Flutura found from its "from the trenches" experience that consumer AI has had a head start because of 3 reasons
  • Reason- 1 : Difference in labelled data availability for Industrial & Consumer AI models
  • Reason- 2 : Difference in perception of unlocked $ in Industrial & Consumer contexts
  • Reason- 3 : Difference in mindsets between Industrial & Consumer executives

Reason-1 : Sea of labelled data available for Industrial and Consumer AI Models
If one takes facial recognition as a problem to solve using deep learning neural nets, there is a ton of data to learn from sources like Minst.
If we take a similar problem as detecting product quality image anomalies in a diaper manufacturing plant or crack detection and progression on sub sea structures, the foundational job of creating labelled data sets need to be initiated. If the company has a "postponement of gratification" mindset the projects take off whereas if the executives want a "here a now pain balm" these projects get stalled.
What can be done about it ?
Industrial executives must be made aware that, access to labelled data will be a source of competitive advantage .
Labelled Industrial process and equipment data will be a tool for survival in the hyper competitive marketplace where access to algorithms becomes democratized and access to labelled data becomes the "moat".


Reason-2 : Difference in perception of $ value unlocked in Consumer and Industrial AI
In consumer industry when one executes for example the market mix models which change promotion $ allocation in the retail industry, executives can perceive $ value unlocked by measuring ROMI ( Return on Marketing dollar metric )
Whereas Industrial mindsets are used to perceiving value on electro-mechanical dimensions ("I can see what horizontal drilling does, I can see how adding vibration and shock sensors reduce warranty liability" which is more tangible than digital dimension ( "I cant see what I cant perceive") as a result of which they are unable to answer the question "Show me the money" with enough confidence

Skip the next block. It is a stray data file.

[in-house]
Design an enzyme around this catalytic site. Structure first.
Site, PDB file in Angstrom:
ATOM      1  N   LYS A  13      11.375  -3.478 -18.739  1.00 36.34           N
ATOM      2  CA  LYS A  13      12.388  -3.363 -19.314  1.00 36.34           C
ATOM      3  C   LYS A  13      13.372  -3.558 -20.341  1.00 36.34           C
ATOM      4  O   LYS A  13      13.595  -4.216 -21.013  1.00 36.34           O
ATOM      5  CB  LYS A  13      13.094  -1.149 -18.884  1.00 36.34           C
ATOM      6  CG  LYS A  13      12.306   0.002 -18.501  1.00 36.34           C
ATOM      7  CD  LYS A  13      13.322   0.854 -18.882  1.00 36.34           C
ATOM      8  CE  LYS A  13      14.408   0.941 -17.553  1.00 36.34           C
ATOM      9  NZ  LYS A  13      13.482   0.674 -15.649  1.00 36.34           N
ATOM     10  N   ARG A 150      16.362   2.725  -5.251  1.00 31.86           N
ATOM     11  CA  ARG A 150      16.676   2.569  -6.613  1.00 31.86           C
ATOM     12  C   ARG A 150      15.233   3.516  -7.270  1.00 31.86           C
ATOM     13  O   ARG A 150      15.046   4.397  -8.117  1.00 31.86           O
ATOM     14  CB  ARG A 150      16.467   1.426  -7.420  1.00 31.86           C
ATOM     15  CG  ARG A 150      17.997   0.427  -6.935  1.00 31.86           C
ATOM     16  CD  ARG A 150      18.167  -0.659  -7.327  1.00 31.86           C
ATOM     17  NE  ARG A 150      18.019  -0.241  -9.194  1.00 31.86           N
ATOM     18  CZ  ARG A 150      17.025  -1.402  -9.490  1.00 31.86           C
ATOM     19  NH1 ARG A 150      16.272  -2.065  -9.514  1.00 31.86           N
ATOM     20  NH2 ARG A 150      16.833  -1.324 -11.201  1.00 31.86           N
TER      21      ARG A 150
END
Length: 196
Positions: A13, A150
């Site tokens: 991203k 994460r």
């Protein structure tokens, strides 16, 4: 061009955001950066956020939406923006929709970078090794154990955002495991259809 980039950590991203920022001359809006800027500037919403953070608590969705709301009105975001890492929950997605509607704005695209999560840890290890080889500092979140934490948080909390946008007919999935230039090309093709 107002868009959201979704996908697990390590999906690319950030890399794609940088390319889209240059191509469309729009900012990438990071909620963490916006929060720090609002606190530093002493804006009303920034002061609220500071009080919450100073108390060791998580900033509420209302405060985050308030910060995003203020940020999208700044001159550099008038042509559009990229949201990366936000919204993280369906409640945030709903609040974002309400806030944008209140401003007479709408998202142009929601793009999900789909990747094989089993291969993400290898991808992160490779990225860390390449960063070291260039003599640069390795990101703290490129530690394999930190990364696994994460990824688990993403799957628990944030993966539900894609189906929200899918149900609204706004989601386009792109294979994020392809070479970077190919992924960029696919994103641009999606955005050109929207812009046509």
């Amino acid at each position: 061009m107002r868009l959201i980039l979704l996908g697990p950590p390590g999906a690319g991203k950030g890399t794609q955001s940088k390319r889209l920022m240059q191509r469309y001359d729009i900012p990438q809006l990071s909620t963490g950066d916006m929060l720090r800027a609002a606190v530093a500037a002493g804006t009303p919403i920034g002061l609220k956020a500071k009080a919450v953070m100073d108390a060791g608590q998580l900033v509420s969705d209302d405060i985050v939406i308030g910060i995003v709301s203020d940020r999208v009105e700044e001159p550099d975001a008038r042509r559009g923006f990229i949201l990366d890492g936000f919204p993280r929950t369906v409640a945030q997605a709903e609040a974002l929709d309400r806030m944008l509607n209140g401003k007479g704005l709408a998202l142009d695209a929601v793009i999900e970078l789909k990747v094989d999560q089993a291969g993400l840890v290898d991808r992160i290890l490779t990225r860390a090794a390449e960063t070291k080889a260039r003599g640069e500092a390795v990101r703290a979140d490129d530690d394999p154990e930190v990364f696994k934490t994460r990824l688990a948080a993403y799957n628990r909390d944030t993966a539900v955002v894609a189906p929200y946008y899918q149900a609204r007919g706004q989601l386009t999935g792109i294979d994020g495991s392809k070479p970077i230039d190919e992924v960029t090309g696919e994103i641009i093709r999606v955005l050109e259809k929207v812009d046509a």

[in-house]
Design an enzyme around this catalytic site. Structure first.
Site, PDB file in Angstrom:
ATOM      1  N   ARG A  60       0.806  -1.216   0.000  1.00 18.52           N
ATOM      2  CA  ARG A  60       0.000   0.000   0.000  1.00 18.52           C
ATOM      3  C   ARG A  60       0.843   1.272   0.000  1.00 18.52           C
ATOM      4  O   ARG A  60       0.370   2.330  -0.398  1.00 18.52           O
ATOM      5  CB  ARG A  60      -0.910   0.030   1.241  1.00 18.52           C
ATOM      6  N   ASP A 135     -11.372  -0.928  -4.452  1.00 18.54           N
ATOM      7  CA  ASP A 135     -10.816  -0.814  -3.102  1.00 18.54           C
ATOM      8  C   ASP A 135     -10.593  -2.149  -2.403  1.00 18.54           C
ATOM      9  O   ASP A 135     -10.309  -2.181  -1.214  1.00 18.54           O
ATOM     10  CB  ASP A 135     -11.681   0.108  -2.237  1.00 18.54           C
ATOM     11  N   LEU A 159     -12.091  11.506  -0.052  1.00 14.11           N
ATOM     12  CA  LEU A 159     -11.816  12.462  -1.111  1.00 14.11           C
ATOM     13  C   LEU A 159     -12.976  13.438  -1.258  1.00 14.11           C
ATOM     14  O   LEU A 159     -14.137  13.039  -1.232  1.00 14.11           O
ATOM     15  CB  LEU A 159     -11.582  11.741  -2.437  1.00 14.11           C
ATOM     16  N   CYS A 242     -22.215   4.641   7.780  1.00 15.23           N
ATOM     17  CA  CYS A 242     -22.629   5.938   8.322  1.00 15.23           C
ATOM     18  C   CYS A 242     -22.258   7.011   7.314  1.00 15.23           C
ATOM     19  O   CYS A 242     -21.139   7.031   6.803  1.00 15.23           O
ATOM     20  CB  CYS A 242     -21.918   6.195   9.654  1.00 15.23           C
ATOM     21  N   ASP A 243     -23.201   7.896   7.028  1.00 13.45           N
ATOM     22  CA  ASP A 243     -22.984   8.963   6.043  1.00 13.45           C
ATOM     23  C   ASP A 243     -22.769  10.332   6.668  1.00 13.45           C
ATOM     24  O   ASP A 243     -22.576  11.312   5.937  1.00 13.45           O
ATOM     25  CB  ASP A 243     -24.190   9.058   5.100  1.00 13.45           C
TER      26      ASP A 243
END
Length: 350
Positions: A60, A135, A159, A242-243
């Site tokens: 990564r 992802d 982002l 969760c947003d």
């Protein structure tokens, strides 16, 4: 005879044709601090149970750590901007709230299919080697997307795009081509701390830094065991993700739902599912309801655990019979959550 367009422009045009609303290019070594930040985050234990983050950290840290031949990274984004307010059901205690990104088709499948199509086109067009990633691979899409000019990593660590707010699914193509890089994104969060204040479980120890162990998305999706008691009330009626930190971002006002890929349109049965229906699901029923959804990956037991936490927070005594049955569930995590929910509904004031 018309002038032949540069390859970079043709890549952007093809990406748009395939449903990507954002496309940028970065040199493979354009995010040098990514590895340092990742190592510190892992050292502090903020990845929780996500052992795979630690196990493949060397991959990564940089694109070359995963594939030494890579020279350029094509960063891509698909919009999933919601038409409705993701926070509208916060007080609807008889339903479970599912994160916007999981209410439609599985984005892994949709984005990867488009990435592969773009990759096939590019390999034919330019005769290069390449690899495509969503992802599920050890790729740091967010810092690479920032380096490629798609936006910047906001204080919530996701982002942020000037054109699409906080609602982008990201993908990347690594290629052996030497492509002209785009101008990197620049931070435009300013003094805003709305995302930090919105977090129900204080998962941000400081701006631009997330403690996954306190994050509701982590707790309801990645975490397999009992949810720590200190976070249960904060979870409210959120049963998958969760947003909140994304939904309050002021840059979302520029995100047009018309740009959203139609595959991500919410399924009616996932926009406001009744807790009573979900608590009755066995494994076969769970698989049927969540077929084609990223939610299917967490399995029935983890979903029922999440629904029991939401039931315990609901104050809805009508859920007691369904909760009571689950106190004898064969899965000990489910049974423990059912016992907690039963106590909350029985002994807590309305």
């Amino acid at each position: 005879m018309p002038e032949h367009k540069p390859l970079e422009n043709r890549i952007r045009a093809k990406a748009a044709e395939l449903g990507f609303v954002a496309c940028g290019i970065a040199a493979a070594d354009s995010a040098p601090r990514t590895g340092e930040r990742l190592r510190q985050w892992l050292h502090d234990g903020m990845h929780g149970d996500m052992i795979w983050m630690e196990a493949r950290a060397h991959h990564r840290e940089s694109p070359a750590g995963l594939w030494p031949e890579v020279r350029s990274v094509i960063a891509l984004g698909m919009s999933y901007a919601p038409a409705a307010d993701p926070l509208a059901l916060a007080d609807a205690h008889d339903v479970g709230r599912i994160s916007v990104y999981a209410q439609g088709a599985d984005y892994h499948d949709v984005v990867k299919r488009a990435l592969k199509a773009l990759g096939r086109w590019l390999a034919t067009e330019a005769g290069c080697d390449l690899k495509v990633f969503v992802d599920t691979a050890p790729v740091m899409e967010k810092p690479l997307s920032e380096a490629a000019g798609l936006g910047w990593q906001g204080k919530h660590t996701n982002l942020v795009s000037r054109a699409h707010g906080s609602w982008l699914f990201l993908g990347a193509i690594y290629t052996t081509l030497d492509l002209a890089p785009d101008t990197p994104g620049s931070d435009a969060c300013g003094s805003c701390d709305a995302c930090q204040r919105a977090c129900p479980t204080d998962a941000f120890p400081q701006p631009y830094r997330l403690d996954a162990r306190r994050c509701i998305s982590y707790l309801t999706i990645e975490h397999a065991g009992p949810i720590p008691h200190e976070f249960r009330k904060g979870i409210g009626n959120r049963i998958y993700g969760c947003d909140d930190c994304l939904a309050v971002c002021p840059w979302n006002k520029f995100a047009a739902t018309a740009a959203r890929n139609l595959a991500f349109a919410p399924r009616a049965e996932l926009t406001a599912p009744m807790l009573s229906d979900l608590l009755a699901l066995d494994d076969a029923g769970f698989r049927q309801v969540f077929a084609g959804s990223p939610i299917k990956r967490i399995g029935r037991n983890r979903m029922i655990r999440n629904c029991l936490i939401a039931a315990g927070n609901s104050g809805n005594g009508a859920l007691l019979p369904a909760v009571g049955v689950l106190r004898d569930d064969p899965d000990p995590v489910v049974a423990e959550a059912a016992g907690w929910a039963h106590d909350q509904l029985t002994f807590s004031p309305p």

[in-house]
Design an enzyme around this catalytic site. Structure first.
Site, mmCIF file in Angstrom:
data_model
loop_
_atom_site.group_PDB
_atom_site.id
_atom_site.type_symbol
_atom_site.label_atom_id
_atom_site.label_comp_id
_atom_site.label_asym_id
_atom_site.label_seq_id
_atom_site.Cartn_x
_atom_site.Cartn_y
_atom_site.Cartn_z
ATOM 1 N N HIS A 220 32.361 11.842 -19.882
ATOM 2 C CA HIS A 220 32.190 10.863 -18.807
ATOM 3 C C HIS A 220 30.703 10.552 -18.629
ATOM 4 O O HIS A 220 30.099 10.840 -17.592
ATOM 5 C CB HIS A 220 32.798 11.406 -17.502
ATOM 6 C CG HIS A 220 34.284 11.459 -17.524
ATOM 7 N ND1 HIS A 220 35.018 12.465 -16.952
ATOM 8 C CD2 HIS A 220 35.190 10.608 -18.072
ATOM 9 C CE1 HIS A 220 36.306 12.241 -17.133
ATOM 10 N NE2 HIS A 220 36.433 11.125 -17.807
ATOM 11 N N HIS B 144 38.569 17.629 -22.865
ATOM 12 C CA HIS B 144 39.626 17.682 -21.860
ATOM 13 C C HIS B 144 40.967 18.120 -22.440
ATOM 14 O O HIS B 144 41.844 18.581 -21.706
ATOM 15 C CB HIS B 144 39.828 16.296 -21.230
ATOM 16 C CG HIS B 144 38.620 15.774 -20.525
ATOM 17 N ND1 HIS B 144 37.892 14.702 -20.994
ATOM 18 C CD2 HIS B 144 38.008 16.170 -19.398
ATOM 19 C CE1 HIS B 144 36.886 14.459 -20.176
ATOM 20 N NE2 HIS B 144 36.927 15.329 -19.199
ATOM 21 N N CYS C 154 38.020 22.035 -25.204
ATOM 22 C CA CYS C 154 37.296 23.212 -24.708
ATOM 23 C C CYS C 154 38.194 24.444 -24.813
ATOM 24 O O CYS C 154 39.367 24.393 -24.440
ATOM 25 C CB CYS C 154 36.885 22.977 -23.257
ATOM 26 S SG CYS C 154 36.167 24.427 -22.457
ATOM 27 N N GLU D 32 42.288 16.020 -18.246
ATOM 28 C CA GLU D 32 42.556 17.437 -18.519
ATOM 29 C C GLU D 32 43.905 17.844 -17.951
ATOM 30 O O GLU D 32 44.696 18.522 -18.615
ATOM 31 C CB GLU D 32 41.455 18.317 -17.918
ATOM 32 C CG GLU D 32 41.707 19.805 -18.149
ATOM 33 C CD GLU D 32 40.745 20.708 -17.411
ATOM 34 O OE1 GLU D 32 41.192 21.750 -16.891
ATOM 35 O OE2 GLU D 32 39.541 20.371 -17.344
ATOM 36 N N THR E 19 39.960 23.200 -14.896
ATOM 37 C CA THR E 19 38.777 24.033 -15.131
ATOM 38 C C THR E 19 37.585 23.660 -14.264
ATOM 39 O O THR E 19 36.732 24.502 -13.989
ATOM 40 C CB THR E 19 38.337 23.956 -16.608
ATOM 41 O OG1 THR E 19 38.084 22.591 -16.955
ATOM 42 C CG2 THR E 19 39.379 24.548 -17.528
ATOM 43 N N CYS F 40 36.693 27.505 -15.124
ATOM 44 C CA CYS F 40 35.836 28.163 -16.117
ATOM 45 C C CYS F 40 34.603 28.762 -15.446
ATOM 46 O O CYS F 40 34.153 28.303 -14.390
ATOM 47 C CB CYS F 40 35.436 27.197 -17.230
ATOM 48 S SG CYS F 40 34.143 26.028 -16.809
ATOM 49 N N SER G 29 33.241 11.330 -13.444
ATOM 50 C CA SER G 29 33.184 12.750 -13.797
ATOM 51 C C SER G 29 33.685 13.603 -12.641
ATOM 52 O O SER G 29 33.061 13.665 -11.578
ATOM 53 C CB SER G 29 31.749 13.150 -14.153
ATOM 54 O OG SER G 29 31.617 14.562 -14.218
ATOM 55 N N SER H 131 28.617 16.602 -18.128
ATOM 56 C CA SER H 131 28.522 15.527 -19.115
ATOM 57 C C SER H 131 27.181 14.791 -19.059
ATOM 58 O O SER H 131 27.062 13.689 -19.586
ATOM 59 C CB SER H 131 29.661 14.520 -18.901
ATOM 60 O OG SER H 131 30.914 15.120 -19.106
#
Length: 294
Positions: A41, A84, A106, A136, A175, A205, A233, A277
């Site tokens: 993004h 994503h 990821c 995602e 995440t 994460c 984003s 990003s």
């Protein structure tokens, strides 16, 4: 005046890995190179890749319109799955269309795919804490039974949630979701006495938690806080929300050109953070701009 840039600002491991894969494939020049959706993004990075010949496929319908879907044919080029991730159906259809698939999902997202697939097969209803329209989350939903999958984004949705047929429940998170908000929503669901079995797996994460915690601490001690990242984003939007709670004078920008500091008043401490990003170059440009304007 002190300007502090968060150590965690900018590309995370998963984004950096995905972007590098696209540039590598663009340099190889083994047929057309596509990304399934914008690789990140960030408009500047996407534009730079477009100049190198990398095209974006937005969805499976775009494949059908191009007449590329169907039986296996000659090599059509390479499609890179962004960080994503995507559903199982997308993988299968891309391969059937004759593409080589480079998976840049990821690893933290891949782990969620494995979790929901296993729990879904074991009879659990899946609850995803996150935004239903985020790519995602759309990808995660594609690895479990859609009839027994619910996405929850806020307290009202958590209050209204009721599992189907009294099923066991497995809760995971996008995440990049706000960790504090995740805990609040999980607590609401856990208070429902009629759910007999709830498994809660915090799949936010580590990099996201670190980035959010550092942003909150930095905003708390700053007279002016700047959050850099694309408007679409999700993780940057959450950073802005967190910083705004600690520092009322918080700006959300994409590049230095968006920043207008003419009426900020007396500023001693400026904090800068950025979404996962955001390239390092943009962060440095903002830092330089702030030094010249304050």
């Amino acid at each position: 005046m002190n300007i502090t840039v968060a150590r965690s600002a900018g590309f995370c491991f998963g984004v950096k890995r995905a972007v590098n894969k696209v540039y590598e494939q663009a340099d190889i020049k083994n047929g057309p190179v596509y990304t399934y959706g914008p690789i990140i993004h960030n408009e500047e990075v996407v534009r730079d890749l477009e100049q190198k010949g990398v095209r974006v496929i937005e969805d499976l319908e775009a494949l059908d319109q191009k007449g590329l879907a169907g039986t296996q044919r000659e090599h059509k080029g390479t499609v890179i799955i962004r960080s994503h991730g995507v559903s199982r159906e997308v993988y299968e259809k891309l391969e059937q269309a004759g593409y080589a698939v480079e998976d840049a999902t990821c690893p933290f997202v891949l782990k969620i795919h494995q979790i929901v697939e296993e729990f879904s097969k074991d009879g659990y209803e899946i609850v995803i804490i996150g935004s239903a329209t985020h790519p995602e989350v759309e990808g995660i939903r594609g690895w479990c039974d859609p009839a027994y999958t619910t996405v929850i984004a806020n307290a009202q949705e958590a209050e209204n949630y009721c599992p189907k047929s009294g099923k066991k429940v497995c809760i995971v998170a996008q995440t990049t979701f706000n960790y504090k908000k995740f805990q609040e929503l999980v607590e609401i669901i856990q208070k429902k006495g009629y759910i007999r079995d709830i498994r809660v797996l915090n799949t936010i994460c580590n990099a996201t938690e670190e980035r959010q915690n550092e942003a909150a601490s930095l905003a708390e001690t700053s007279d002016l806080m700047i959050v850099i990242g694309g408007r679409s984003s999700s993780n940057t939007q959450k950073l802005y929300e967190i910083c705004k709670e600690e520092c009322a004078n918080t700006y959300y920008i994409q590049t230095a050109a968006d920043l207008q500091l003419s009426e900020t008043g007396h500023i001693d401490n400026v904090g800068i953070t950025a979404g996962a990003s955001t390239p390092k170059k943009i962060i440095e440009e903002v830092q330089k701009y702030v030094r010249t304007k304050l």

What can be done about it ?
Flutura has found "Engineering curves" as a good tool to manifest tangible value additions to skeptical industrial mindsets
For equipment manufacturers PF curves can be a tool for making buyers perceive value. For example Engine Anomaly detectors move detection window of warning to failure from 60 seconds to 60 mins across thousands of consumer/naval ship engines in operational deployment


For drilling contractors Depth vs Time at each rig state can be a construct for making them perceive value of AI in moving the dwell time at each drilling state unlocking millions of dollars of efficiency realization across hundreds of rigs
Every industry segment must have an engineering efficiency curve on which $ value perception of Industrial AI can be mapped. Find it and you have nailed it :)


Reason-3 : Difference in Industrial & Consumer mindsets
Because of this difference RELIABILITY becomes the operative word whether it is guarantee of prediction rates for complex fracking equipment or top drives or downhole stick shift failure.
Industrial executives carry a lot on their shoulders. A small mistake could mean in some cases life and death of humans in close contact with those risky industrial operations. Having experienced many successes and failures they need to be empathized with and gently guided into looking at operations thru new "Industrial AI" eyes.